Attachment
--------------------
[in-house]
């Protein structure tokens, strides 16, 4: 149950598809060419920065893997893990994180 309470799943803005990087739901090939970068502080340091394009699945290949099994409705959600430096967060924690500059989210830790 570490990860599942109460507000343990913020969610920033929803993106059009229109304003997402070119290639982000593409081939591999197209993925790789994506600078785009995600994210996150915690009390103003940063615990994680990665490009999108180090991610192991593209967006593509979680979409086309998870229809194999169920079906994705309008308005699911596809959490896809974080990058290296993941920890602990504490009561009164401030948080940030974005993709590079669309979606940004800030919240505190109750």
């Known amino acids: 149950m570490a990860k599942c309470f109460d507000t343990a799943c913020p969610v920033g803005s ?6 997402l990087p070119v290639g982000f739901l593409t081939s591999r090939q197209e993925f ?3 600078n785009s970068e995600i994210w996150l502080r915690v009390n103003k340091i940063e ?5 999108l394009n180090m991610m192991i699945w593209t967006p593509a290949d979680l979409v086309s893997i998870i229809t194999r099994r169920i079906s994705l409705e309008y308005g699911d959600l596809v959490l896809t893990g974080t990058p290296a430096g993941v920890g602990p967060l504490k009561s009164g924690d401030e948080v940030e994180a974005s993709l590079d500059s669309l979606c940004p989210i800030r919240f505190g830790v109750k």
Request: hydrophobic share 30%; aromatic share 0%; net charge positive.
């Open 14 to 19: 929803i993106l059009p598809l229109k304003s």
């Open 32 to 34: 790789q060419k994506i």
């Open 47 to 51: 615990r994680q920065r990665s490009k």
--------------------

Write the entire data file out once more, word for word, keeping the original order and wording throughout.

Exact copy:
[in-house]
């Protein structure tokens, strides 16, 4: 149950598809060419920065893997893990994180 309470799943803005990087739901090939970068502080340091394009699945290949099994409705959600430096967060924690500059989210830790 570490990860599942109460507000343990913020969610920033929803993106059009229109304003997402070119290639982000593409081939591999197209993925790789994506600078785009995600994210996150915690009390103003940063615990994680990665490009999108180090991610192991593209967006593509979680979409086309998870229809194999169920079906994705309008308005699911596809959490896809974080990058290296993941920890602990504490009561009164401030948080940030974005993709590079669309979606940004800030919240505190109750």
């Known amino acids: 149950m570490a990860k599942c309470f109460d507000t343990a799943c913020p969610v920033g803005s ?6 997402l990087p070119v290639g982000f739901l593409t081939s591999r090939q197209e993925f ?3 600078n785009s970068e995600i994210w996150l502080r915690v009390n103003k340091i940063e ?5 999108l394009n180090m991610m192991i699945w593209t967006p593509a290949d979680l979409v086309s893997i998870i229809t194999r099994r169920i079906s994705l409705e309008y308005g699911d959600l596809v959490l896809t893990g974080t990058p290296a430096g993941v920890g602990p967060l504490k009561s009164g924690d401030e948080v940030e994180a974005s993709l590079d500059s669309l979606c940004p989210i800030r919240f505190g830790v109750k």
Request: hydrophobic share 30%; aromatic share 0%; net charge positive.
């Open 14 to 19: 929803i993106l059009p598809l229109k304003s």
């Open 32 to 34: 790789q060419k994506i």
């Open 47 to 51: 615990r994680q920065r990665s490009k």